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Currier & Ives Ships at Northeast Auctions’ Annual Summer Auction

A.J. Peluso, Jr. | August 2nd, 2013

Clipper Ship “Racer,” large folio, $840. James Buttersworth, recently arrived from England, was recruited in 1852. He did the clipper yacht Architect in that year for Endicott but then joined Currier with Flying Cloud. He would remain a Currier stalwart into the 1870’s. Shown here is the clipper ship Racer (dated 1854), done in partnership with Charles Parsons (the elder). She first sailed the Atlantic for the Red Cross Line to Liverpool and later to Australia and India. She was lost off the Irish coast in 1856.

Steam-ship “Ville de Paris,” Captain Surmont, small folio, $450. Captain Surmont lost his ship Ville de Paris in the Atlantic in 1870. He lost his ship Ville du Havre off the coast of France in 1873, with the loss of life. Apparently he was adjudged blameless; his career was uninterrupted thereafter.

Manchester, New Hampshire

Photos courtesy Northeast Auctions

Among the many other treasures offered at Northeast Auctions on August 2-4 were several lithographs by Currier & Ives. They were, of course, the most successful of the many similar establishments active in the 19th century. Their difficult-to-achieve business plan seems to have been “something for everyone.” If they detected a customer interest, they supplied an appropriate print. There wasn’t a niche they couldn’t fill. Among the most valued, besides New York scenes, fire, hunting, humor, presidents, morals, and horses, were ships.

As with their other subjects, they found the most talented artists to create apt, marketable images. They used James Buttersworth (1817-1894), Joseph B. Smith & Son (Joseph, 1798-1876; son William S., 1821- after 1862), Frances Flora Bond Palmer (1812-1876), Charles H.  Parsons (1821-1910), Charles R. Parsons (1844-1918/20), Franklyn Bassford (1856-1897), and possibly Jurgan Frederick Huge (1809-1878). The sample illustrations highlight their work.

For more information, see (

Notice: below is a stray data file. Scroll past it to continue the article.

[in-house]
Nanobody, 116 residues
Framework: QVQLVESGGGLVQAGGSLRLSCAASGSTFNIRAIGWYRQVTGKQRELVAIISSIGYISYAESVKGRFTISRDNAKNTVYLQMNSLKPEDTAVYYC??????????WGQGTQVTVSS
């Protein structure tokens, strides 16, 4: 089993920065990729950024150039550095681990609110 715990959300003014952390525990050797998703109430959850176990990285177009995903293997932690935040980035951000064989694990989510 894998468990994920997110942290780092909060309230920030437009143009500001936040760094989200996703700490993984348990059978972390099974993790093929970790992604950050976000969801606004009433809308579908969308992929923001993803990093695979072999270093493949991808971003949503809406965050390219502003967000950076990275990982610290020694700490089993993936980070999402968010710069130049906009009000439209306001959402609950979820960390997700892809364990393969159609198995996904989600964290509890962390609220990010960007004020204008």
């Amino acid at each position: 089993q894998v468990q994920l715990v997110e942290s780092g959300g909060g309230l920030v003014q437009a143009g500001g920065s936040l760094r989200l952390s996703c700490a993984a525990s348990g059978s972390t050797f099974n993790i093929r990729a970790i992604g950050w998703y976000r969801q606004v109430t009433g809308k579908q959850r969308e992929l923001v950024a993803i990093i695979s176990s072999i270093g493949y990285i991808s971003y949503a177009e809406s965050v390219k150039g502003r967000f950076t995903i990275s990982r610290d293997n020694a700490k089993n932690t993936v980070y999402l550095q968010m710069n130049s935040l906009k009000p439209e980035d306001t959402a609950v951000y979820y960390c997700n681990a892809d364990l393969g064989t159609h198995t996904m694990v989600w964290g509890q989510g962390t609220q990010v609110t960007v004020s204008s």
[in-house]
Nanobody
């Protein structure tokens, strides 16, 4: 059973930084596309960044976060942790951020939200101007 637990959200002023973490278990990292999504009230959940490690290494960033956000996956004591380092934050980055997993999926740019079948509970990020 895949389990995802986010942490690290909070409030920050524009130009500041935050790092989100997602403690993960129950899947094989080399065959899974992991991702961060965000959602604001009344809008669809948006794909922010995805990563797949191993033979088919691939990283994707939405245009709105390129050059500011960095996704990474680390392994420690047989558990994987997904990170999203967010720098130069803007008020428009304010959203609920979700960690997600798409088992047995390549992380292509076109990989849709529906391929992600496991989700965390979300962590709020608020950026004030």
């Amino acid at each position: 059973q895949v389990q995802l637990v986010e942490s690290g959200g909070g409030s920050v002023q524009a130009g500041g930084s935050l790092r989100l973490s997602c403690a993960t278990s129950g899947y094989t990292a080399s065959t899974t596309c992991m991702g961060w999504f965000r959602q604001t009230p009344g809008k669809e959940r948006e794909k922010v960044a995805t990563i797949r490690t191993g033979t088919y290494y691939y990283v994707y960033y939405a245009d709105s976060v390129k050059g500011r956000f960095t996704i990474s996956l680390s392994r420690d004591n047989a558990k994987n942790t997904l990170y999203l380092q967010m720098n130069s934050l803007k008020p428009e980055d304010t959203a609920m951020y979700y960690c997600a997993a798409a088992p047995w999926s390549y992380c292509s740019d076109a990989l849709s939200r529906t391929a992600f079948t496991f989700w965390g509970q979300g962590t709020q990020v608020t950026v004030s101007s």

Further Reading, from M.A.D. Archives

  • “Don’t Collect Currier & Ives or Endicott. Collect Charles Parsons,” December 1987, p. 10-F.
  • “F. F. Palmer: A Remarkable Woman,” July 1988, p. 18-D.
  • “Joseph B. Smith & Son, Marine Artists, and Their American Flag,” March 2001, p. 22-C.
  • Mayflower Beats Galatea. Everyone Was There—Franklyn Bassford Too,” August 2006,  p. 43-C.
  • “The South Street Connection: Joseph Smith, John Hansen, Conrad Freitag, Elisha Baker, and Antonio Jacobsen Too,” September 2012, p. 25-B.

New York ferry boat, showing the Fulton, small folio, $330. Fulton Street in Manhattan was once terminus for the Fulton Street ferry as was Fulton Street, Brooklyn, Long Island, New York. In the late 1840’s Joseph B. Smith & Son moved to Fulton Street in Brooklyn, always near the Fulton Ferry terminal. Is it possible that another artist, not Joseph B. Smith & Son, would have produced this simple, pleasant ship’s portrait?  Then again Palmer and Parsons lived in Brooklyn too.

The Yacht “Dauntless,” of N.Y., small folio, undated, $450. James Gordon Bennett Jr. (1841-1918) owned Dauntless and was the publisher of the New York Herald. “Bennett was a sailor yachtsman like none previously known; a resolute daredevil and definite marine eccentric, he was characterized as a top-notch sailor and a thorough sportsman. The annual of the club remembers Bennett as a liberal, enterprising and lavish with prizes; he owns the distinction of being the only commodore who carried a brass band on his flagship during the annual cruise.” Quote from America’s Cup: Trials & Triumphs, Richard V. Simpson (2010), p. 26. Caldwell H. Colt (firearms company fortune) bought Dauntless in 1887 and maintained her exciting, newsworthy career. There was another version (not shown) of Dauntless, a large folio lithograph, “Off Queenstown, Ireland June 13, 1869.” The artist was Charles Parsons. And (not shown) there was a Currier & Ives 1880 lithograph of Bennett’s “new and unrivaled steam yacht” Polynia.

A Midnight Race on the Mississippi, large folio, $6240. The 1860 Midnight Race on the Mississippi between Natchez and Eclipse is perhaps Frances Palmer’s most memorable creation. The plate indicates that it was done after a sketch by H.D. Manning, about whom nothing is known. We can infer that she probably produced her Mississippi plates, vicariously, from second-hand sketches and accounts, and from her colorful imagination. The Midnight Race print is unique in that it depicts not only a race but also one conducted at night. It was evidently quite popular and inspired similar prints, for example, the 1864 A Night Race on the Hudson/ Through by Daylight, chronicling a race between Francis Skiddy and Isaac Newton. There are unsigned Currier & Ives, small folios of A Race on the Mississippi between Diana and Eagle (1870), The Great Mississippi Steamboat Race, from New Orleans to St. Louis, July 1870 between R.E. Lee and Natchez, and another called Midnight Race on the Mississippi—but between the Memphis and James Howard, 1875, which were possibly executed by Palmer. Her ability to bring a fresh point of view to the steamboat picture was unique. Years passed before a man had the courage to show a steamboat in three-quarter profile or attempt a night view.